A 21st-century CGI resurrection of the English rabbits of Watership Down is underway at the BBC and hopes to begin production soon. When Richard Adams' serious bunny saga scampered onto American bookshop shelves and became an international cultural touchstone in 1974, the world was introduced to the violence and heartbreak amid a complex society of intelligent rabbits.
The book has gone on to sell 50 million copies and is still a familiar sight in beachbags, book clubs and library wait lists around the globe. Not since Kenneth Grahame's The Wind in the Willows or George Orwell's Animal Farm had a book dramatizing the annals of animals been so widely absorbed and dissected in a story that reflected familiar political and religious issues of the times.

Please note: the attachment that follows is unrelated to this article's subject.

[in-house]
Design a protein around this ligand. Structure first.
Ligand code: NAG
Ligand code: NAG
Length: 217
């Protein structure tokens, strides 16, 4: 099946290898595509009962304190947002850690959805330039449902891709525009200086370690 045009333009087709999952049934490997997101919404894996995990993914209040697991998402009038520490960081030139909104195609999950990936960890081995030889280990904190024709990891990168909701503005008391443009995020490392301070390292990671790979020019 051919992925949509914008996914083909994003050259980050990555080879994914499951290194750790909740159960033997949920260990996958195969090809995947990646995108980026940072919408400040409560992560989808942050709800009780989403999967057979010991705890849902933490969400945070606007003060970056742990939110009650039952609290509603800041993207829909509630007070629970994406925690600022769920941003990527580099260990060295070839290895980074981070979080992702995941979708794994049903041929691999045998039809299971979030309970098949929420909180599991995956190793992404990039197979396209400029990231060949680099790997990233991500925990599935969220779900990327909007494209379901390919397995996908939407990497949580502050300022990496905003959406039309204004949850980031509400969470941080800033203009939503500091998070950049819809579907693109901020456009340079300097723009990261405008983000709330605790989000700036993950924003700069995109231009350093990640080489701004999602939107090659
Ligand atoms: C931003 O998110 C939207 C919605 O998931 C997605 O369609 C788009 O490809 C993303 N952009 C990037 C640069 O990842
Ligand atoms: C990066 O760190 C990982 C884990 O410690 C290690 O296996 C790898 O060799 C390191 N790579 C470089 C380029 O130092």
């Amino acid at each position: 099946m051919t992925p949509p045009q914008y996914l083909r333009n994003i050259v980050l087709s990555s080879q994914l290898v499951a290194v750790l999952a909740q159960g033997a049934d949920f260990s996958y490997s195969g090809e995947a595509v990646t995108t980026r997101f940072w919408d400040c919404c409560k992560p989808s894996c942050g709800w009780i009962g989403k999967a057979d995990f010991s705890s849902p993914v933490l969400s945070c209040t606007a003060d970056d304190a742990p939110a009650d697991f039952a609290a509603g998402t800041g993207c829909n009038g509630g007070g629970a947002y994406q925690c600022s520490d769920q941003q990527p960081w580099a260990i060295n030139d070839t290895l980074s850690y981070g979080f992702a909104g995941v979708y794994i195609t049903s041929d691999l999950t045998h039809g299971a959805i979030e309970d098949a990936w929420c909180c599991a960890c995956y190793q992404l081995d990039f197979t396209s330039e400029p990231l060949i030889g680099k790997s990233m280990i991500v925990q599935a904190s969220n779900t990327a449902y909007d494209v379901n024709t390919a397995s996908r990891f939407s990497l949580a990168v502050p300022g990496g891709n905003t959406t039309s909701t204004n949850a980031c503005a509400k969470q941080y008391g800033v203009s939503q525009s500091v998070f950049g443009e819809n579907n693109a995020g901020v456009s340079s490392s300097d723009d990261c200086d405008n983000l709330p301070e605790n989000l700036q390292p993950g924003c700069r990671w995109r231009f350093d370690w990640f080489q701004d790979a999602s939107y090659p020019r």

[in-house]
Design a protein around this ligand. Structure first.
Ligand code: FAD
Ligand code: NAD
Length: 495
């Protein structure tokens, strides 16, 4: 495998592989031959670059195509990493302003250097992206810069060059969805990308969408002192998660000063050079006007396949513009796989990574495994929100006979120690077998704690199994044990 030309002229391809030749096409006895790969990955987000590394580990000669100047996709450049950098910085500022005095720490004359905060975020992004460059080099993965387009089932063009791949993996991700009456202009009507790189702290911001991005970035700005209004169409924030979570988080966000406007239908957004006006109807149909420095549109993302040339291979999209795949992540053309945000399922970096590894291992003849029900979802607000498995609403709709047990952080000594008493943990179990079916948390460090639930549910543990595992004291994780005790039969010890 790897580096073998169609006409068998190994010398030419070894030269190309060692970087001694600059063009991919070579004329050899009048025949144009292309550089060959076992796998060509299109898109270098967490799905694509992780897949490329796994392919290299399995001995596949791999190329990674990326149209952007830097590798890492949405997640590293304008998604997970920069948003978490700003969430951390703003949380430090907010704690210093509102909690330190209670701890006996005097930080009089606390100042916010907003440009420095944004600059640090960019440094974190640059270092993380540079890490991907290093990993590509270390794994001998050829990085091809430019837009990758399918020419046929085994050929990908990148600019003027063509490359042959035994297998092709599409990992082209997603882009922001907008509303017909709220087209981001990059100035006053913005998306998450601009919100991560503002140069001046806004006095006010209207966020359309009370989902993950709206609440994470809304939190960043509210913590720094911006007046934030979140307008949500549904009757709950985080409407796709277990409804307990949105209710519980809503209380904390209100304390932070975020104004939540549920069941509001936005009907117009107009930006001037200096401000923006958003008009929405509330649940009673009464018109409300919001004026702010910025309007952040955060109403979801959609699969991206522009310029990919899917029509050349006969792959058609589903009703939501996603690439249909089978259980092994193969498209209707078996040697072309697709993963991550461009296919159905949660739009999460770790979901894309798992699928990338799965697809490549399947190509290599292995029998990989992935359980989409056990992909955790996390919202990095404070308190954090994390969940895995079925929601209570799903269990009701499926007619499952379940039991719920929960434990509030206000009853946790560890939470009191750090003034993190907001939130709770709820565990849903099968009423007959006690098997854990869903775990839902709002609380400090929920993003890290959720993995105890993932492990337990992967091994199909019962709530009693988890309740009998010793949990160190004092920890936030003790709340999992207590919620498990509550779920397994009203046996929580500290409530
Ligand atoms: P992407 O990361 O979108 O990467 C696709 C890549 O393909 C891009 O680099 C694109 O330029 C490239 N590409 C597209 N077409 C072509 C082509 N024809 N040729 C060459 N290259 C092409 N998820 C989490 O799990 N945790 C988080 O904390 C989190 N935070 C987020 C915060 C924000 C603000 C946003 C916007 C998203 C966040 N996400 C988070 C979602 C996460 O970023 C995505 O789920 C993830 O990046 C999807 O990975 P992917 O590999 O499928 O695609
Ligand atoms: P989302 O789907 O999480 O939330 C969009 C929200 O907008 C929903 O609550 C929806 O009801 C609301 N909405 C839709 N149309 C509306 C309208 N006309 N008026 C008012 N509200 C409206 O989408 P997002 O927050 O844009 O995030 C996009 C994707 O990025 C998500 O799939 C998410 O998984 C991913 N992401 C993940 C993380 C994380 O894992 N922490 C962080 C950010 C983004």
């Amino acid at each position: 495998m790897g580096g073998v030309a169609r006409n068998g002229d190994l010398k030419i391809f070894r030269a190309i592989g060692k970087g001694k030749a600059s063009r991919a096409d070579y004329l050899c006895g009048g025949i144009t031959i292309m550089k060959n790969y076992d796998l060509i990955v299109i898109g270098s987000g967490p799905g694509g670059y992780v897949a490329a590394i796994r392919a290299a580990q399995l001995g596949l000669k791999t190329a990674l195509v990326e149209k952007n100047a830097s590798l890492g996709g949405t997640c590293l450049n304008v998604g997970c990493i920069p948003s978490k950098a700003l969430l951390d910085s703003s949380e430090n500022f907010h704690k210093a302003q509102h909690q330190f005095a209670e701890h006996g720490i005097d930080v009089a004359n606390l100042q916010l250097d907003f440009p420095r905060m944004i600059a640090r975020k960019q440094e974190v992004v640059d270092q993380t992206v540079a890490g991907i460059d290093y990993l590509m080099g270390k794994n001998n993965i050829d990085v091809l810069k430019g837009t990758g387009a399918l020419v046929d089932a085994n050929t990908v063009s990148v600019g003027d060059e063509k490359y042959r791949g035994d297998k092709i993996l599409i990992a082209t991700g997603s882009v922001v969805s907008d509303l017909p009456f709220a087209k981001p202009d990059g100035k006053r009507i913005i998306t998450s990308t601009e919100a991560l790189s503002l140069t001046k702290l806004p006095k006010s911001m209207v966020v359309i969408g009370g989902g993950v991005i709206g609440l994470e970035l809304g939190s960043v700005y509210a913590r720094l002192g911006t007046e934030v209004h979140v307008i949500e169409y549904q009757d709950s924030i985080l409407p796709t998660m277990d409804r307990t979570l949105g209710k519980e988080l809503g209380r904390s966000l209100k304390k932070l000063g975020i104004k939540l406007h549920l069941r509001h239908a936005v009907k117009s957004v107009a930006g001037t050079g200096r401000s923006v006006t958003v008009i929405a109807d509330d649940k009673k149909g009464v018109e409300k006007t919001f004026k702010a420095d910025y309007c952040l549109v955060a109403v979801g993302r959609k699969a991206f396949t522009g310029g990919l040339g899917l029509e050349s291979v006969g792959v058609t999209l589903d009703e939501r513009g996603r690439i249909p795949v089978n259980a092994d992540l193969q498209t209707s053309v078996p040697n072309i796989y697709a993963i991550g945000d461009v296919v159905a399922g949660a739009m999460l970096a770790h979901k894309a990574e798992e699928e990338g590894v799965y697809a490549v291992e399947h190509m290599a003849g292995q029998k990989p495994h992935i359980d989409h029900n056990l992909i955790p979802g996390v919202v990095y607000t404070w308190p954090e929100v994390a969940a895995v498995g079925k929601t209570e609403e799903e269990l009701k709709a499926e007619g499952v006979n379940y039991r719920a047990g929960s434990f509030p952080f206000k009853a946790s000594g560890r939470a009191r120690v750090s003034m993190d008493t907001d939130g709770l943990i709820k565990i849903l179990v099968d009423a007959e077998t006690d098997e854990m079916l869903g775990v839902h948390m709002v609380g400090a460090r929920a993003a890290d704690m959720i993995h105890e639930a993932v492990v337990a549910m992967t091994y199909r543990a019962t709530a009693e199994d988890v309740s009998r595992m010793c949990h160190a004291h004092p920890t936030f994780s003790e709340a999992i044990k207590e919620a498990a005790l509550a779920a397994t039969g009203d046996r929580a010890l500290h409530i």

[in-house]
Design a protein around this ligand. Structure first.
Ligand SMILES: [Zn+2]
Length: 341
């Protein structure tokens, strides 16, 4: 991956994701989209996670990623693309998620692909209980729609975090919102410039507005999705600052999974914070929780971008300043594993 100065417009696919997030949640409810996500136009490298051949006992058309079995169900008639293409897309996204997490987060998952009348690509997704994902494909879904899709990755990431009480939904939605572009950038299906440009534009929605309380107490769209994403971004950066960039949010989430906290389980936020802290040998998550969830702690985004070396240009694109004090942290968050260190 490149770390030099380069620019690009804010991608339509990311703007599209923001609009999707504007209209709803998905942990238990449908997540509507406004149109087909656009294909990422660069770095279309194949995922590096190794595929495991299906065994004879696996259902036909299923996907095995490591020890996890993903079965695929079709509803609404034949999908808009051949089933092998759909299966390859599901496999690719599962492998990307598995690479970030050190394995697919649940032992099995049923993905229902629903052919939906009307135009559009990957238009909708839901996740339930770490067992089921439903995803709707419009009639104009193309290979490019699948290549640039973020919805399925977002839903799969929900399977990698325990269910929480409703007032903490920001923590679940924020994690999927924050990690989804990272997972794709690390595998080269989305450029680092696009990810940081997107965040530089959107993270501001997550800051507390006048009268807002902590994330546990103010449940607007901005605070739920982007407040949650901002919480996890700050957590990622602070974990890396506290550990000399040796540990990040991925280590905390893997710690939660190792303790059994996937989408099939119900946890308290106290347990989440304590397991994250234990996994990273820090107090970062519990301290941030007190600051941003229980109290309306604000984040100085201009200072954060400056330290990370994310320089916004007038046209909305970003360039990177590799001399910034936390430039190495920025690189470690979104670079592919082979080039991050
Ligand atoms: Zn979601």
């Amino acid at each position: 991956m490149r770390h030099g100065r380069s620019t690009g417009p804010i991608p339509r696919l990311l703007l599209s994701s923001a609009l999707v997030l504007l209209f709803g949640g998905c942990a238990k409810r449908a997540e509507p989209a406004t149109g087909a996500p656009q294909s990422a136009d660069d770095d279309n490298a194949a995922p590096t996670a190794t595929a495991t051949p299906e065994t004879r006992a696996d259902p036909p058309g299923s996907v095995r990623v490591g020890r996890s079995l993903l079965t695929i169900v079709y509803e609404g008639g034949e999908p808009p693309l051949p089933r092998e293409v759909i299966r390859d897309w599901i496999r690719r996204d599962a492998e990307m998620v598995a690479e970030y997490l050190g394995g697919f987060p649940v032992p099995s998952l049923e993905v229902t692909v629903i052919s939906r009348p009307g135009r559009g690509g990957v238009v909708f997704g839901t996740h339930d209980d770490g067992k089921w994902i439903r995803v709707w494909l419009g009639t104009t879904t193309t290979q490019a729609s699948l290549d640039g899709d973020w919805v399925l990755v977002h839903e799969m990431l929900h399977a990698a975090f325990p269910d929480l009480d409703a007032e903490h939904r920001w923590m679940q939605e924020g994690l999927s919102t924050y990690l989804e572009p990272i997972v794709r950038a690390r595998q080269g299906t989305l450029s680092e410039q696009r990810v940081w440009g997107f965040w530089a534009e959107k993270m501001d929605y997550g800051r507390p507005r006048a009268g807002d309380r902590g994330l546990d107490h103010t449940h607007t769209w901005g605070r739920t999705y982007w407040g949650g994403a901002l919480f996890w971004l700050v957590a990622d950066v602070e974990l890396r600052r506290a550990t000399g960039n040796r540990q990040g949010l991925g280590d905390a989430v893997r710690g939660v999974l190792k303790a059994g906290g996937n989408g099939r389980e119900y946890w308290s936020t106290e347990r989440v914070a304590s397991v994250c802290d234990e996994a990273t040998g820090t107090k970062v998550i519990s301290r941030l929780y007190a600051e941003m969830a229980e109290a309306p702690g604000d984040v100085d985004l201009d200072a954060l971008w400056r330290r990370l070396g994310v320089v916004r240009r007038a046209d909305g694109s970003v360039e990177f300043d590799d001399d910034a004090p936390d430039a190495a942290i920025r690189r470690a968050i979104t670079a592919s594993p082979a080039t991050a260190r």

A successful 1987 animated film directed by Martin Rosen featured a faithful approach to the sometimes alarming material, and is beloved (or remembered in nightmares) by a generation. So why remake it? Reportedly it's an effort to more fully capture the livilng world of the rabbits of Watership Down, with more advanced animation technology better able to render the wildlife and scenery that make up their world. The story follows the plight of a warren of rabbits searching for a new home after a frightening dream by the tale's young buck hero, Fiver, warns of their eventual extinction.
Are you excited to return to the cozy warren of your youth with this new BBC project, or do you think we'd be better leaving the classics alone?
(Via Radio Times)